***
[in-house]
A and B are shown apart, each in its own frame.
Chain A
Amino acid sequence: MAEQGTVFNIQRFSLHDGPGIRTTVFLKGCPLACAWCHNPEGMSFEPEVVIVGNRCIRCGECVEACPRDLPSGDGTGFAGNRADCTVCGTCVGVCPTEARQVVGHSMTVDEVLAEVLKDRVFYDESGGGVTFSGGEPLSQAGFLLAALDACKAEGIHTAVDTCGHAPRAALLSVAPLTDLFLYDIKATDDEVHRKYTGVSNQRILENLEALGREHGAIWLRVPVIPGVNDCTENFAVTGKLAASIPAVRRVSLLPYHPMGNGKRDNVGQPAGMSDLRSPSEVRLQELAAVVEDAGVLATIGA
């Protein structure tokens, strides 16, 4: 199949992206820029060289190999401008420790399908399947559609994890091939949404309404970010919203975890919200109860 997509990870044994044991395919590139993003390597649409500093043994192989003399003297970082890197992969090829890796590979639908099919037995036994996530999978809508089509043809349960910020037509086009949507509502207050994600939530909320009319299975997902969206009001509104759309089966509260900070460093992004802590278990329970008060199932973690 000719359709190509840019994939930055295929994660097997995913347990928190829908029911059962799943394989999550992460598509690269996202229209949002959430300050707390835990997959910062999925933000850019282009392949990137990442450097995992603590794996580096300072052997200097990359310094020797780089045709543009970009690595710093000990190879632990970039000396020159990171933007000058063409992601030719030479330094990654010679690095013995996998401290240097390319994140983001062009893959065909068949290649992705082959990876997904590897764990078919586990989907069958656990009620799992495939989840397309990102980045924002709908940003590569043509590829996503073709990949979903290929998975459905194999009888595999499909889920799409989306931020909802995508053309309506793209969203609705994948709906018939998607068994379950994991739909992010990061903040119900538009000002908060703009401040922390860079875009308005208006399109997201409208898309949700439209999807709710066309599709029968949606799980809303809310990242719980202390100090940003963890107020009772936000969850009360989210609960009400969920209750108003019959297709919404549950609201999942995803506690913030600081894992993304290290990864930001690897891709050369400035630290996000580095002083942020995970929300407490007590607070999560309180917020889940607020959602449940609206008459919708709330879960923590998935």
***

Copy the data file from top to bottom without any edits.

[in-house]
A and B are shown apart, each in its own frame.
Chain A
Amino acid sequence: MAEQGTVFNIQRFSLHDGPGIRTTVFLKGCPLACAWCHNPEGMSFEPEVVIVGNRCIRCGECVEACPRDLPSGDGTGFAGNRADCTVCGTCVGVCPTEARQVVGHSMTVDEVLAEVLKDRVFYDESGGGVTFSGGEPLSQAGFLLAALDACKAEGIHTAVDTCGHAPRAALLSVAPLTDLFLYDIKATDDEVHRKYTGVSNQRILENLEALGREHGAIWLRVPVIPGVNDCTENFAVTGKLAASIPAVRRVSLLPYHPMGNGKRDNVGQPAGMSDLRSPSEVRLQELAAVVEDAGVLATIGA
């Protein structure tokens, strides 16, 4: 199949992206820029060289190999401008420790399908399947559609994890091939949404309404970010919203975890919200109860 997509990870044994044991395919590139993003390597649409500093043994192989003399003297970082890197992969090829890796590979639908099919037995036994996530999978809508089509043809349960910020037509086009949507509502207050994600939530909320009319299975997902969206009001509104759309089966509260900070460093992004802590278990329970008060199932973690 000719359709190509840019994939930055295929994660097997995913347990928190829908029911059962799943394989999550992460598509690269996202229209949002959430300050707390835990997959910062999925933000850019282009392949990137990442450097995992603590794996580096300072052997200097990359310094020797780089045709543009970009690595710093000990190879632990970039000396020159990171933007000058063409992601030719030479330094990654010679690095013995996998401290240097390319994140983001062009893959065909068949290649992705082959990876997904590897764990078919586990989907069958656990009620799992495939989840397309990102980045924002709908940003590569043509590829996503073709990949979903290929998975459905194999009888595999499909889920799409989306931020909802995508053309309506793209969203609705994948709906018939998607068994379950994991739909992010990061903040119900538009000002908060703009401040922390860079875009308005208006399109997201409208898309949700439209999807709710066309599709029968949606799980809303809310990242719980202390100090940003963890107020009772936000969850009360989210609960009400969920209750108003019959297709919404549950609201999942995803506690913030600081894992993304290290990864930001690897891709050369400035630290996000580095002083942020995970929300407490007590607070999560309180917020889940607020959602449940609206008459919708709330879960923590998935």